Sprint plans to give 1 million underprivileged high-school students free wireless devices and data, the US mobile carrier announced on Monday in conjunction with the Sprint Foundation.
Called the "1Million Project," Sprint's initiative aims to help close the "Homework Gap" for students lacking home internet access to complete their assignments in an increasingly digital-reliant world.
Sprint aims to roll out the program nationwide by the start of the 2017-2018 school year, after pilots in selected markets. Students in the program will receive a free phone, tablet, laptop, or hotspot, as well as 3GB of LTE data each month.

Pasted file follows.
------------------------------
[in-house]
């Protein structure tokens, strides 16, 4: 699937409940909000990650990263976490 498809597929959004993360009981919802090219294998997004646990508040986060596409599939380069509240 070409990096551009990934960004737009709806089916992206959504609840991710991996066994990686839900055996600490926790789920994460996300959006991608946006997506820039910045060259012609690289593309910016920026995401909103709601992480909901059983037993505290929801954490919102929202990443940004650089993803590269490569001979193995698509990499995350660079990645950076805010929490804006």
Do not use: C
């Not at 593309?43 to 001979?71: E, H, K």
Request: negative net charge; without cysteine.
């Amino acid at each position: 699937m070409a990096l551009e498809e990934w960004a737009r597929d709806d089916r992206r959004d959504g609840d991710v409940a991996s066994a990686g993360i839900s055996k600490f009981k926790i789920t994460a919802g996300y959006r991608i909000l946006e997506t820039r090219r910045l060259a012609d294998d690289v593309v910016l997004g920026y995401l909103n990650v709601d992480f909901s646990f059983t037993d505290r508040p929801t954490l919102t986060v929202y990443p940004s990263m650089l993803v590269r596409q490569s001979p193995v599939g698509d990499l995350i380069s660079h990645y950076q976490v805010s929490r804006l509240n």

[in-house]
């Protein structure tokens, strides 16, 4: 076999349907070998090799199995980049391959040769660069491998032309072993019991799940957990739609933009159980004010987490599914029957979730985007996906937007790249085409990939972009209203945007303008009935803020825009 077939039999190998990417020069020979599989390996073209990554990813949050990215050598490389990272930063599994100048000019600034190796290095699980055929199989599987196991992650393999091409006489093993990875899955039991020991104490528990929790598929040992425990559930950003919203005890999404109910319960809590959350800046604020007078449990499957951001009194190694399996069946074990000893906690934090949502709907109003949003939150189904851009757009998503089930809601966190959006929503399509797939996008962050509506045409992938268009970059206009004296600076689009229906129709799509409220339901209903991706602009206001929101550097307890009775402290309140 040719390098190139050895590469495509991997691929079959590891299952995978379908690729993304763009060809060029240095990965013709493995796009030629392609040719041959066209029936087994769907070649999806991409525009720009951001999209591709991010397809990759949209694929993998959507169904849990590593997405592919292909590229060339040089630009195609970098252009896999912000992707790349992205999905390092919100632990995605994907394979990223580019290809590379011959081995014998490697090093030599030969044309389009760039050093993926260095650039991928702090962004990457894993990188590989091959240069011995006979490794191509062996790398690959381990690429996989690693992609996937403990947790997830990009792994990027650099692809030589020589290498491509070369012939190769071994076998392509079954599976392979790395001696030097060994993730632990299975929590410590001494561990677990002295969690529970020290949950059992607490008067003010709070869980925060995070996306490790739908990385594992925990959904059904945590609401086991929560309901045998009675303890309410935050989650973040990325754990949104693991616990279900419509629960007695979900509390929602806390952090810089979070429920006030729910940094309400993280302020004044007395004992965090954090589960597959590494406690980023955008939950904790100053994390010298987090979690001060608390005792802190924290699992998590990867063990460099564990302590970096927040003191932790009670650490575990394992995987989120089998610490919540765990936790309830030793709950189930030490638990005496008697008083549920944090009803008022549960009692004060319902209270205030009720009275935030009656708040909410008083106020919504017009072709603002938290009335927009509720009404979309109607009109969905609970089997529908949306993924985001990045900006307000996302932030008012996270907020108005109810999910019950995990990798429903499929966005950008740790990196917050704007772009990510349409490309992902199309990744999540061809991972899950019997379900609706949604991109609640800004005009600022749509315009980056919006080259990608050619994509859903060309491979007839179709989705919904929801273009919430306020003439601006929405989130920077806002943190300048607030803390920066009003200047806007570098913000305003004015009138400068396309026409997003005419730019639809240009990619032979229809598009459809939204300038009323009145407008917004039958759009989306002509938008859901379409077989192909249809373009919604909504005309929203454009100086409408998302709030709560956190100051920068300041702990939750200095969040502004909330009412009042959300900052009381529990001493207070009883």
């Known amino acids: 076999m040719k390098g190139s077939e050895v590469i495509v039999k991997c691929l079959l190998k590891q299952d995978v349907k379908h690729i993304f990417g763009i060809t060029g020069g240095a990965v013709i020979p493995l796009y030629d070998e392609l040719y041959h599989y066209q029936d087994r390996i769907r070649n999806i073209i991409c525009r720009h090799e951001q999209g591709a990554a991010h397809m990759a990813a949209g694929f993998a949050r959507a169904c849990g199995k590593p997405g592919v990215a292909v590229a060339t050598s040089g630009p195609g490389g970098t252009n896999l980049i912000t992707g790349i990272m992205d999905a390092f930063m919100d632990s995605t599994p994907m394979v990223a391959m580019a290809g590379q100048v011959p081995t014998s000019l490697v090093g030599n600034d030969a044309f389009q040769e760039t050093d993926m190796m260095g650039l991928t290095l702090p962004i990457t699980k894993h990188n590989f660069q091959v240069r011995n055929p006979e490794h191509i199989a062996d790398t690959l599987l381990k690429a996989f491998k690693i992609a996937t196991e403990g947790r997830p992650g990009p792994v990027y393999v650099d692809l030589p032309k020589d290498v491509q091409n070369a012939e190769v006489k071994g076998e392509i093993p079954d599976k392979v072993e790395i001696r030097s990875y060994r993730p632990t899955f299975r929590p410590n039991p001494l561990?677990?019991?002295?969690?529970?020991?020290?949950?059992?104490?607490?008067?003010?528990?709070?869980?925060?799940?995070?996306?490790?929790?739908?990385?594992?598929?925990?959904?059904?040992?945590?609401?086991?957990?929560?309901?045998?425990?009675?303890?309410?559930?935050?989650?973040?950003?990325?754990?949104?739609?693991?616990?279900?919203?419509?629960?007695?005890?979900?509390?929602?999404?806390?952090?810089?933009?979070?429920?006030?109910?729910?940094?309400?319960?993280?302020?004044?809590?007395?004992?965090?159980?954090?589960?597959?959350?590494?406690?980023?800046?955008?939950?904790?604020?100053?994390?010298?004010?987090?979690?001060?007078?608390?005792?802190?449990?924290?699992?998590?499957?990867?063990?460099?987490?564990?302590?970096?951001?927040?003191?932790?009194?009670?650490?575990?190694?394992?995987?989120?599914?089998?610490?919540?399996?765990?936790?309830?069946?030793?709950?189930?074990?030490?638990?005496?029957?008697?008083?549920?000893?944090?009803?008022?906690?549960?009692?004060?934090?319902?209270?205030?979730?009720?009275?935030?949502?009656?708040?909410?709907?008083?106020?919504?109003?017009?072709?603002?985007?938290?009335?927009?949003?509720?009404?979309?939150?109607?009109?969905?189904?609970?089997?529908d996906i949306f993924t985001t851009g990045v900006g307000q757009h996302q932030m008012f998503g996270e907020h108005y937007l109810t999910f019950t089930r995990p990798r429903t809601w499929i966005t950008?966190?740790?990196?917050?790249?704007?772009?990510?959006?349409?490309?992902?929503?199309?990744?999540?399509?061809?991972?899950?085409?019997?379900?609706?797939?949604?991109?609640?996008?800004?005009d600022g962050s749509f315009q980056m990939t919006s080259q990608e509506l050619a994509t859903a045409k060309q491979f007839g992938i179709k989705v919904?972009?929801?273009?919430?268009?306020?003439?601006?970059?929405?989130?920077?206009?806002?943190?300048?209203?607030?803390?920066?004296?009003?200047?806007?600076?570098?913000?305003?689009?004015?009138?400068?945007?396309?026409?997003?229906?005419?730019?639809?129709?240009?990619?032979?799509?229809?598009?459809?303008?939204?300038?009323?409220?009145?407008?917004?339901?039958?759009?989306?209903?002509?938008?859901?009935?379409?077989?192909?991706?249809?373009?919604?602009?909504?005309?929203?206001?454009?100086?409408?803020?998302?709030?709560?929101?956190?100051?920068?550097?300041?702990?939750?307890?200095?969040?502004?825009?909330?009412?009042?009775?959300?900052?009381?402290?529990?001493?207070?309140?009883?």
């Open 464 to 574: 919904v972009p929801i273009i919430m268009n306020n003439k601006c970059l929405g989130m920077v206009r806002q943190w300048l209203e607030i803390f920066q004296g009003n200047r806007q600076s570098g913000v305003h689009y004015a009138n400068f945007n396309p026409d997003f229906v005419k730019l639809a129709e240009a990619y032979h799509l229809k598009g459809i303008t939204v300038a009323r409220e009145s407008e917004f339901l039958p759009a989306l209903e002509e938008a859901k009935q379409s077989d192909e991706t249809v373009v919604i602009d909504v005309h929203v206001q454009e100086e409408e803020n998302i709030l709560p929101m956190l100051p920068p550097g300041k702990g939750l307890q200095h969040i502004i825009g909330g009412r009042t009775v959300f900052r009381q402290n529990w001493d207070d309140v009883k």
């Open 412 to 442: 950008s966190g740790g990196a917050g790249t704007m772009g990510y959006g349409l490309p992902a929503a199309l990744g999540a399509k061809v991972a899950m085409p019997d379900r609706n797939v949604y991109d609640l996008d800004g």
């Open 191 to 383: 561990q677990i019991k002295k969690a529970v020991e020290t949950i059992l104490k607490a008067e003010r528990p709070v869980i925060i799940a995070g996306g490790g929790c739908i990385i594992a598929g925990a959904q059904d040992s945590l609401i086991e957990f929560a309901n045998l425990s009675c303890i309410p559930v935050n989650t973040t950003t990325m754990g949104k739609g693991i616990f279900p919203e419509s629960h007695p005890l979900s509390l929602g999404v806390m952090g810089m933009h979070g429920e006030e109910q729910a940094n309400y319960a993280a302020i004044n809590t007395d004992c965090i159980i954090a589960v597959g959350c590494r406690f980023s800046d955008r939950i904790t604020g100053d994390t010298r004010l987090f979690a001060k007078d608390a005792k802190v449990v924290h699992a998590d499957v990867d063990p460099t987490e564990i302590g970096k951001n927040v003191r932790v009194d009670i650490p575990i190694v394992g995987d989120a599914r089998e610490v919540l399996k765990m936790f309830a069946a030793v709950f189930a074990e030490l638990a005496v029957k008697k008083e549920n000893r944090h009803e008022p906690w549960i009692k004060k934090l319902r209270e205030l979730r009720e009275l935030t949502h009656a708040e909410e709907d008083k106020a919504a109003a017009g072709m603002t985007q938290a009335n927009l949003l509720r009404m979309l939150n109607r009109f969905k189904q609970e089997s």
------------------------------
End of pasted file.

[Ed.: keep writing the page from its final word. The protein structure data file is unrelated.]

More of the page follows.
"Education is the foundation for our society to prosper, and the internet is an incredibly powerful tool for learning," Marcelo Claure, CEO of Sprint, said in a statement. "But it's a huge problem in America that we have 5 million households with children that lack internet connections. Those kids have a huge disadvantage and we are failing them. All of us at Sprint are committed to changing this by providing 1 million students in need with free devices and free wireless connections."
Pew Research Center reports that 5 million US families with school-aged children do not have broadband access at home. At least 70 percent of teachers in the US assign homework that requires web access, based on a report by the Federal Communications Commission's Broadband Task Force.
Sprint has partnered with non-profit agencies EveryoneOn and My Brother's Keeper Alliance to recruit community organizations and execute locally, deliver the devices, and activate the mobile internet service for the participating high school students.